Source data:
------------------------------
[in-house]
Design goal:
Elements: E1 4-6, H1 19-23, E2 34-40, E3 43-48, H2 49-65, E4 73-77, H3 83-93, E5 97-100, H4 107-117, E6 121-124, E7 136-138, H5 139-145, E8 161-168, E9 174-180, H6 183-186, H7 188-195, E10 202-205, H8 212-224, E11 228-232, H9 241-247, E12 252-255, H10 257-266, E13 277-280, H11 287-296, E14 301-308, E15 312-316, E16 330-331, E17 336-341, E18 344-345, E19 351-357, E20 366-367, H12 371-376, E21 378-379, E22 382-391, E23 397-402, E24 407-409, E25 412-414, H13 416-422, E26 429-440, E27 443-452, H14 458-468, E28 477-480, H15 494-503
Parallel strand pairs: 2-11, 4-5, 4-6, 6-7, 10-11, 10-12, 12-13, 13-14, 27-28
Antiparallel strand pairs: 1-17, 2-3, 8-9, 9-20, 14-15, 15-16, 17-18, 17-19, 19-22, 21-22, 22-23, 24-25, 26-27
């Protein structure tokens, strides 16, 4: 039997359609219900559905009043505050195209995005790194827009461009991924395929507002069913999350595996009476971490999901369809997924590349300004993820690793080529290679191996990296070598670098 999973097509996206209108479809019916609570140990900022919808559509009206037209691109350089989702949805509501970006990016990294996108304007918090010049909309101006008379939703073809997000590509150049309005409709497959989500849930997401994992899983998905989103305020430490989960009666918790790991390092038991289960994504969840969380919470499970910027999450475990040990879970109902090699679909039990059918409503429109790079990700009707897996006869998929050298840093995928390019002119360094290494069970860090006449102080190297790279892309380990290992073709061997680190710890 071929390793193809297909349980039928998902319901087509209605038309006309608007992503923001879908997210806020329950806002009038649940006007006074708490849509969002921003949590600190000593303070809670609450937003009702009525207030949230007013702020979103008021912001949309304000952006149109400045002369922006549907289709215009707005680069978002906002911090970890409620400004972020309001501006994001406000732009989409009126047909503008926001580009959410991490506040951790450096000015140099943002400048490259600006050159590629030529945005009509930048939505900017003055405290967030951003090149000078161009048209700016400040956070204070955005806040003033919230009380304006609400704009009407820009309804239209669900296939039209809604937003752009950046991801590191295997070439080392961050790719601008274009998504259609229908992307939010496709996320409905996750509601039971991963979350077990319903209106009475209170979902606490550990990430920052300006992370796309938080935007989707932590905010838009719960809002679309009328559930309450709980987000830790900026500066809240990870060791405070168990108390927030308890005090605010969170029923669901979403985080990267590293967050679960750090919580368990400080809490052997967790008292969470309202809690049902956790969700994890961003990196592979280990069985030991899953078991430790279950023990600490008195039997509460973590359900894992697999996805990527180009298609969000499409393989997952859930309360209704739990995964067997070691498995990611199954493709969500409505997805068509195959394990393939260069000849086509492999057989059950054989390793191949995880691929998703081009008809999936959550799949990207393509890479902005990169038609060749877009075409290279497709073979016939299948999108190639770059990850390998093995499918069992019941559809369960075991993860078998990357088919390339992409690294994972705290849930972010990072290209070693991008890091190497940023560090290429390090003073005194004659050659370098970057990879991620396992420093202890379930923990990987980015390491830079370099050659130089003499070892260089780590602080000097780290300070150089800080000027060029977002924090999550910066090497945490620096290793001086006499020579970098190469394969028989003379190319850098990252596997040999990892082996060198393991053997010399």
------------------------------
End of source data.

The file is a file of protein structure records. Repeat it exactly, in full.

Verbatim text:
[in-house]
Design goal:
Elements: E1 4-6, H1 19-23, E2 34-40, E3 43-48, H2 49-65, E4 73-77, H3 83-93, E5 97-100, H4 107-117, E6 121-124, E7 136-138, H5 139-145, E8 161-168, E9 174-180, H6 183-186, H7 188-195, E10 202-205, H8 212-224, E11 228-232, H9 241-247, E12 252-255, H10 257-266, E13 277-280, H11 287-296, E14 301-308, E15 312-316, E16 330-331, E17 336-341, E18 344-345, E19 351-357, E20 366-367, H12 371-376, E21 378-379, E22 382-391, E23 397-402, E24 407-409, E25 412-414, H13 416-422, E26 429-440, E27 443-452, H14 458-468, E28 477-480, H15 494-503
Parallel strand pairs: 2-11, 4-5, 4-6, 6-7, 10-11, 10-12, 12-13, 13-14, 27-28
Antiparallel strand pairs: 1-17, 2-3, 8-9, 9-20, 14-15, 15-16, 17-18, 17-19, 19-22, 21-22, 22-23, 24-25, 26-27
């Protein structure tokens, strides 16, 4: 039997359609219900559905009043505050195209995005790194827009461009991924395929507002069913999350595996009476971490999901369809997924590349300004993820690793080529290679191996990296070598670098 999973097509996206209108479809019916609570140990900022919808559509009206037209691109350089989702949805509501970006990016990294996108304007918090010049909309101006008379939703073809997000590509150049309005409709497959989500849930997401994992899983998905989103305020430490989960009666918790790991390092038991289960994504969840969380919470499970910027999450475990040990879970109902090699679909039990059918409503429109790079990700009707897996006869998929050298840093995928390019002119360094290494069970860090006449102080190297790279892309380990290992073709061997680190710890 071929390793193809297909349980039928998902319901087509209605038309006309608007992503923001879908997210806020329950806002009038649940006007006074708490849509969002921003949590600190000593303070809670609450937003009702009525207030949230007013702020979103008021912001949309304000952006149109400045002369922006549907289709215009707005680069978002906002911090970890409620400004972020309001501006994001406000732009989409009126047909503008926001580009959410991490506040951790450096000015140099943002400048490259600006050159590629030529945005009509930048939505900017003055405290967030951003090149000078161009048209700016400040956070204070955005806040003033919230009380304006609400704009009407820009309804239209669900296939039209809604937003752009950046991801590191295997070439080392961050790719601008274009998504259609229908992307939010496709996320409905996750509601039971991963979350077990319903209106009475209170979902606490550990990430920052300006992370796309938080935007989707932590905010838009719960809002679309009328559930309450709980987000830790900026500066809240990870060791405070168990108390927030308890005090605010969170029923669901979403985080990267590293967050679960750090919580368990400080809490052997967790008292969470309202809690049902956790969700994890961003990196592979280990069985030991899953078991430790279950023990600490008195039997509460973590359900894992697999996805990527180009298609969000499409393989997952859930309360209704739990995964067997070691498995990611199954493709969500409505997805068509195959394990393939260069000849086509492999057989059950054989390793191949995880691929998703081009008809999936959550799949990207393509890479902005990169038609060749877009075409290279497709073979016939299948999108190639770059990850390998093995499918069992019941559809369960075991993860078998990357088919390339992409690294994972705290849930972010990072290209070693991008890091190497940023560090290429390090003073005194004659050659370098970057990879991620396992420093202890379930923990990987980015390491830079370099050659130089003499070892260089780590602080000097780290300070150089800080000027060029977002924090999550910066090497945490620096290793001086006499020579970098190469394969028989003379190319850098990252596997040999990892082996060198393991053997010399």